Lateral circumflex femoral vein
The lateral circumflex femoral vein follows the path of the lateral circumflex femoral artery, one of the arteries of the leg. The artery supplies oxygenated blood to the front and middle areas of the thigh, and the lateral circumflex femoral vein drains the deoxygenated blood and returns it to the lungs and heart for recirculation through the body. One clue to the location of this vein is its Latin name. The word femoral is a translated reference to the thigh. This vein is a branch of the superficial iliac circumflex vein. The superficial iliac divides from the deep femoral vein. The lateral circumflex femoral vein has three branches: the ascending, transverse, and descending. The blood vessels of the thigh are among the most commonly injured parts of the body's blood circulation system, usually by penetrating trauma. The lateral circumflex femoral vein, and other veins and arteries of the thigh, are at some risk in hip replacement surgery. These risks and the procedures to minimize and treat them are well reported in the medical literature and studied by surgeons.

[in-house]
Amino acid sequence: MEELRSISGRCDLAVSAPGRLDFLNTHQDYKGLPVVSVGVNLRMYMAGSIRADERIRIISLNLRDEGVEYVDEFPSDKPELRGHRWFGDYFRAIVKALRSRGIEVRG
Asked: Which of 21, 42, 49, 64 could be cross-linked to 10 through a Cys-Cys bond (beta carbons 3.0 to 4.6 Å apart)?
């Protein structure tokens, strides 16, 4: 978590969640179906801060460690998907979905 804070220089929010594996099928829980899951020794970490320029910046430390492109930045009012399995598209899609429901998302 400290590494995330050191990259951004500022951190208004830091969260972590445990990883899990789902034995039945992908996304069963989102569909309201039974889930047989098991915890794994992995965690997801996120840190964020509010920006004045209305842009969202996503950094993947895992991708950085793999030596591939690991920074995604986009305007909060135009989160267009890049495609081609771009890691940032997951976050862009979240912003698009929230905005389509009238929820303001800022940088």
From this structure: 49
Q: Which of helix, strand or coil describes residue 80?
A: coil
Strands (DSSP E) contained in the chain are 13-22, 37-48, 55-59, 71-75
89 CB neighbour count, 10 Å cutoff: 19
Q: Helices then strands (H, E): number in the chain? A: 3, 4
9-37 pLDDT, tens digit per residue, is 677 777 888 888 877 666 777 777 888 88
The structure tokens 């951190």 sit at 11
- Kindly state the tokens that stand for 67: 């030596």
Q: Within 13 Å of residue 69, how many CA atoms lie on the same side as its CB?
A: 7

Written and medically reviewed by the Healthline Editorial Team
In Depth: Lateral circumflex femoral vein